Staff can be deeply affected by the trauma of divorce and separation whilst in the workplace, which in turn leads to sickness and absenteeism as they struggle to cope with the legal and emotional fallout.

According to one survey, one individual in 10 going through separation has had to leave their job after a split. A further 16 per cent of respondents have seen their workplace hit by sick leave following the stress of a break-up and 15 per cent said relationship breakdown had a negative impact on productivity.

Father Deserts

But isn’t just families and businesses affected by the impact of family breakdown, it’s our communities.

According to the Centre for Social Justice in 2011, 62 per cent of families in Camden, London, had no father, and a further 236 areas across England and Wales had at least 50 per cent of households consisting of families where there was no dad present.

These “men deserts” have become a fertile breeding ground for gang violence. In 2015, 15 teenagers were killed in knife attacks in London and there were 6,200 victims of serious youth violence.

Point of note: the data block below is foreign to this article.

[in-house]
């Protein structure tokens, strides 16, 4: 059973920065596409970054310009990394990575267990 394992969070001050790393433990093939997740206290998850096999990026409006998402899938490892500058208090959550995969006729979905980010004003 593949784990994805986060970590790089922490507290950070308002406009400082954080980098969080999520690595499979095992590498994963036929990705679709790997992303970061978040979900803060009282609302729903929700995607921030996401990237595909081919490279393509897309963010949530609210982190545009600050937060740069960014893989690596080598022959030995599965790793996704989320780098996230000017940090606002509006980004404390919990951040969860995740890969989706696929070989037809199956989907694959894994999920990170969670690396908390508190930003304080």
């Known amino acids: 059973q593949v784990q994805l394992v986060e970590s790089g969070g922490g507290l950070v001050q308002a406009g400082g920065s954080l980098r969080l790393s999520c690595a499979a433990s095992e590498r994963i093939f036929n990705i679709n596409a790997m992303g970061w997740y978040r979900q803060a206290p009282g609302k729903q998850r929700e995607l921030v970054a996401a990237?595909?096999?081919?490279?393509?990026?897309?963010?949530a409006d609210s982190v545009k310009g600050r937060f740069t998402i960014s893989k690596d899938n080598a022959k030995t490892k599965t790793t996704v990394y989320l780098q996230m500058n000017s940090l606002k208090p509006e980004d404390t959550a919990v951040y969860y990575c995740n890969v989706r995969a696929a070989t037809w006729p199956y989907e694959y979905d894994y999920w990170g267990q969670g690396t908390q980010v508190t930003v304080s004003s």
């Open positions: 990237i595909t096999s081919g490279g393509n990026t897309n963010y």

According to David Lammy MP, of the 19 young offenders arrested in Tottenham after the 2011 riots, only two had active dads.

The Mayor of London’s office reported in 2014, that of the 250 active gangs in London, 70 per cent of members are aged 17-23 and 57 per cent had been convicted before their 16th birthday.

In 2010, the cost of young offending was put at £11 billion by the National Audit Office, with reoffending rates in 2013/14 at the highest level for more than a decade. In 2007 the Centre for Social Justice reported that 70 per cent of young offenders came from broken homes.

The removal of fathers from families, or what author Warren Farrell calls “dad deprivation,” has created a lost generation of angry, resentful young men, vulnerable to destructive alpha male father figures like the local gang leader or drug dealer.

Bad education